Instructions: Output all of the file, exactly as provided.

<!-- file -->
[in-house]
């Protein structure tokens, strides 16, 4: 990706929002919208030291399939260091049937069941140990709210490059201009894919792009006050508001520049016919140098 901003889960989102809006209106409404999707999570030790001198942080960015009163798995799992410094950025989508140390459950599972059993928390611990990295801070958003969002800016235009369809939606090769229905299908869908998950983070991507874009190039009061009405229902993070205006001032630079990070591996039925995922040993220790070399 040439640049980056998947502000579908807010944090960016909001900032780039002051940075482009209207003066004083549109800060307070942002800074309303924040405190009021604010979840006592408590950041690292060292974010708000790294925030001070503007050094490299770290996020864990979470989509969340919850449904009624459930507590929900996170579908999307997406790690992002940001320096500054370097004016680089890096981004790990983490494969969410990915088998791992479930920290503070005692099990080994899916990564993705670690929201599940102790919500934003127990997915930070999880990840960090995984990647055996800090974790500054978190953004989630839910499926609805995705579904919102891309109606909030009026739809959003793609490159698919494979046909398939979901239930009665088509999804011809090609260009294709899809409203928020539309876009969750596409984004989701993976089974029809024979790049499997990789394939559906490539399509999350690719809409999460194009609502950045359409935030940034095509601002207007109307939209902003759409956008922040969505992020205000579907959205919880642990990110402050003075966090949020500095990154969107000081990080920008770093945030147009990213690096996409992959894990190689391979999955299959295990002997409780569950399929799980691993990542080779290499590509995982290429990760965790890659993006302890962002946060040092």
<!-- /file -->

[in-house]
């Protein structure tokens, strides 16, 4: 990706929002919208030291399939260091049937069941140990709210490059201009894919792009006050508001520049016919140098 901003889960989102809006209106409404999707999570030790001198942080960015009163798995799992410094950025989508140390459950599972059993928390611990990295801070958003969002800016235009369809939606090769229905299908869908998950983070991507874009190039009061009405229902993070205006001032630079990070591996039925995922040993220790070399 040439640049980056998947502000579908807010944090960016909001900032780039002051940075482009209207003066004083549109800060307070942002800074309303924040405190009021604010979840006592408590950041690292060292974010708000790294925030001070503007050094490299770290996020864990979470989509969340919850449904009624459930507590929900996170579908999307997406790690992002940001320096500054370097004016680089890096981004790990983490494969969410990915088998791992479930920290503070005692099990080994899916990564993705670690929201599940102790919500934003127990997915930070999880990840960090995984990647055996800090974790500054978190953004989630839910499926609805995705579904919102891309109606909030009026739809959003793609490159698919494979046909398939979901239930009665088509999804011809090609260009294709899809409203928020539309876009969750596409984004989701993976089974029809024979790049499997990789394939559906490539399509999350690719809409999460194009609502950045359409935030940034095509601002207007109307939209902003759409956008922040969505992020205000579907959205919880642990990110402050003075966090949020500095990154969107000081990080920008770093945030147009990213690096996409992959894990190689391979999955299959295990002997409780569950399929799980691993990542080779290499590509995982290429990760965790890659993006302890962002946060040092």